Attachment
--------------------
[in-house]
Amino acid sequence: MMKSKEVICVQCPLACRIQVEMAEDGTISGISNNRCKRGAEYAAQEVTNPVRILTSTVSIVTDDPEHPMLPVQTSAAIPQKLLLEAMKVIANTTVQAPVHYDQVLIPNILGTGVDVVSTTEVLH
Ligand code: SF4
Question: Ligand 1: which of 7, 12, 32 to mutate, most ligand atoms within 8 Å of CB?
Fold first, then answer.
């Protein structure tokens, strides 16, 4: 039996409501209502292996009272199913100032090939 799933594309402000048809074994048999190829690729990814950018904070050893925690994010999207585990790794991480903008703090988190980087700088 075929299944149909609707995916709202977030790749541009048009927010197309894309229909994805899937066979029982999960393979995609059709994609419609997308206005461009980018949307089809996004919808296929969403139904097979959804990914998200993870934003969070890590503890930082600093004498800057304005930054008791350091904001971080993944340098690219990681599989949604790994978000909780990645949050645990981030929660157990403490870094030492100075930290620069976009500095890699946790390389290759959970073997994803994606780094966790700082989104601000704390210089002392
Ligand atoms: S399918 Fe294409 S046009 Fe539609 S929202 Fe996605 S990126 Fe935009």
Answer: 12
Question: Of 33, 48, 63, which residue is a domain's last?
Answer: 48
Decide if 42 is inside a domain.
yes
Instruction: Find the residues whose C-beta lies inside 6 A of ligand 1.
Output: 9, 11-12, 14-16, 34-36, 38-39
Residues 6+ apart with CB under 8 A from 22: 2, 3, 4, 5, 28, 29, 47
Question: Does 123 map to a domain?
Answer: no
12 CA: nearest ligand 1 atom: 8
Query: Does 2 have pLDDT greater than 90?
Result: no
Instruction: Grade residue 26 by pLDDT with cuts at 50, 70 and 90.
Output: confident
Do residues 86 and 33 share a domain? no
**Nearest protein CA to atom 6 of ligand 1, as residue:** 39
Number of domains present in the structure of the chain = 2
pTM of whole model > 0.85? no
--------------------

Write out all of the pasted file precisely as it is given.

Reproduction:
[in-house]
Amino acid sequence: MMKSKEVICVQCPLACRIQVEMAEDGTISGISNNRCKRGAEYAAQEVTNPVRILTSTVSIVTDDPEHPMLPVQTSAAIPQKLLLEAMKVIANTTVQAPVHYDQVLIPNILGTGVDVVSTTEVLH
Ligand code: SF4
Question: Ligand 1: which of 7, 12, 32 to mutate, most ligand atoms within 8 Å of CB?
Fold first, then answer.
């Protein structure tokens, strides 16, 4: 039996409501209502292996009272199913100032090939 799933594309402000048809074994048999190829690729990814950018904070050893925690994010999207585990790794991480903008703090988190980087700088 075929299944149909609707995916709202977030790749541009048009927010197309894309229909994805899937066979029982999960393979995609059709994609419609997308206005461009980018949307089809996004919808296929969403139904097979959804990914998200993870934003969070890590503890930082600093004498800057304005930054008791350091904001971080993944340098690219990681599989949604790994978000909780990645949050645990981030929660157990403490870094030492100075930290620069976009500095890699946790390389290759959970073997994803994606780094966790700082989104601000704390210089002392
Ligand atoms: S399918 Fe294409 S046009 Fe539609 S929202 Fe996605 S990126 Fe935009």
Answer: 12
Question: Of 33, 48, 63, which residue is a domain's last?
Answer: 48
Decide if 42 is inside a domain.
yes
Instruction: Find the residues whose C-beta lies inside 6 A of ligand 1.
Output: 9, 11-12, 14-16, 34-36, 38-39
Residues 6+ apart with CB under 8 A from 22: 2, 3, 4, 5, 28, 29, 47
Question: Does 123 map to a domain?
Answer: no
12 CA: nearest ligand 1 atom: 8
Query: Does 2 have pLDDT greater than 90?
Result: no
Instruction: Grade residue 26 by pLDDT with cuts at 50, 70 and 90.
Output: confident
Do residues 86 and 33 share a domain? no
**Nearest protein CA to atom 6 of ligand 1, as residue:** 39
Number of domains present in the structure of the chain = 2
pTM of whole model > 0.85? no